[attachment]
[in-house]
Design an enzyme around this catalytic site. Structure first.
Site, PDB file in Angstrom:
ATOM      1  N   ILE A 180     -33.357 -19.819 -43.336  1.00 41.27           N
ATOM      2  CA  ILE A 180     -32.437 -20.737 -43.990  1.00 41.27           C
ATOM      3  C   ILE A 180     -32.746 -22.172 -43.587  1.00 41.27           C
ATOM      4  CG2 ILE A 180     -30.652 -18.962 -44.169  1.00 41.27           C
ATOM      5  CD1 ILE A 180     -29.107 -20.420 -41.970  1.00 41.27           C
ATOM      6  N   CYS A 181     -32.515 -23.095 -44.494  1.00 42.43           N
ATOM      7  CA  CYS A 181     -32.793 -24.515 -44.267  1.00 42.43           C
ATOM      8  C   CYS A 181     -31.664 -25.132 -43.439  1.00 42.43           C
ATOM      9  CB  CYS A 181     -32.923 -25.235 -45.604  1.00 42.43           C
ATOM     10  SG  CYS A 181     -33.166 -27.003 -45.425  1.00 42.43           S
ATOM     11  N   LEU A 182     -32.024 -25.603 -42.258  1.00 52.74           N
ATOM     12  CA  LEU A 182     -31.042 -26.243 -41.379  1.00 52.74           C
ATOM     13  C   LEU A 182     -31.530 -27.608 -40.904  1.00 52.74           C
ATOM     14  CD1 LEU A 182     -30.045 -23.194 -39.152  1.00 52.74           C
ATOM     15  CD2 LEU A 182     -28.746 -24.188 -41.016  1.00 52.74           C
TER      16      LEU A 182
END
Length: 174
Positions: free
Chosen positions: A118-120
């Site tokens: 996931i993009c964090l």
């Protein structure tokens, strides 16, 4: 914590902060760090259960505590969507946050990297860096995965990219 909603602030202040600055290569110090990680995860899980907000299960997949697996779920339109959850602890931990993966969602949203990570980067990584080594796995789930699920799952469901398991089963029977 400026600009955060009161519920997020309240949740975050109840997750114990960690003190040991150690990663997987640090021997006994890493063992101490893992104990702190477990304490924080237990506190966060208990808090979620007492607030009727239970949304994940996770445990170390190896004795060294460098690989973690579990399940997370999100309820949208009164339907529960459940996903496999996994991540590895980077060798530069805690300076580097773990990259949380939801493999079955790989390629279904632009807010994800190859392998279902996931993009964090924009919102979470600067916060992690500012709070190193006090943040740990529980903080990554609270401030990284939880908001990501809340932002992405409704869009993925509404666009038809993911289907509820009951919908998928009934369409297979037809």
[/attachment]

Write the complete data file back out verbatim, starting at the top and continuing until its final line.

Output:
[in-house]
Design an enzyme around this catalytic site. Structure first.
Site, PDB file in Angstrom:
ATOM      1  N   ILE A 180     -33.357 -19.819 -43.336  1.00 41.27           N
ATOM      2  CA  ILE A 180     -32.437 -20.737 -43.990  1.00 41.27           C
ATOM      3  C   ILE A 180     -32.746 -22.172 -43.587  1.00 41.27           C
ATOM      4  CG2 ILE A 180     -30.652 -18.962 -44.169  1.00 41.27           C
ATOM      5  CD1 ILE A 180     -29.107 -20.420 -41.970  1.00 41.27           C
ATOM      6  N   CYS A 181     -32.515 -23.095 -44.494  1.00 42.43           N
ATOM      7  CA  CYS A 181     -32.793 -24.515 -44.267  1.00 42.43           C
ATOM      8  C   CYS A 181     -31.664 -25.132 -43.439  1.00 42.43           C
ATOM      9  CB  CYS A 181     -32.923 -25.235 -45.604  1.00 42.43           C
ATOM     10  SG  CYS A 181     -33.166 -27.003 -45.425  1.00 42.43           S
ATOM     11  N   LEU A 182     -32.024 -25.603 -42.258  1.00 52.74           N
ATOM     12  CA  LEU A 182     -31.042 -26.243 -41.379  1.00 52.74           C
ATOM     13  C   LEU A 182     -31.530 -27.608 -40.904  1.00 52.74           C
ATOM     14  CD1 LEU A 182     -30.045 -23.194 -39.152  1.00 52.74           C
ATOM     15  CD2 LEU A 182     -28.746 -24.188 -41.016  1.00 52.74           C
TER      16      LEU A 182
END
Length: 174
Positions: free
Chosen positions: A118-120
């Site tokens: 996931i993009c964090l």
């Protein structure tokens, strides 16, 4: 914590902060760090259960505590969507946050990297860096995965990219 909603602030202040600055290569110090990680995860899980907000299960997949697996779920339109959850602890931990993966969602949203990570980067990584080594796995789930699920799952469901398991089963029977 400026600009955060009161519920997020309240949740975050109840997750114990960690003190040991150690990663997987640090021997006994890493063992101490893992104990702190477990304490924080237990506190966060208990808090979620007492607030009727239970949304994940996770445990170390190896004795060294460098690989973690579990399940997370999100309820949208009164339907529960459940996903496999996994991540590895980077060798530069805690300076580097773990990259949380939801493999079955790989390629279904632009807010994800190859392998279902996931993009964090924009919102979470600067916060992690500012709070190193006090943040740990529980903080990554609270401030990284939880908001990501809340932002992405409704869009993925509404666009038809993911289907509820009951919908998928009934369409297979037809």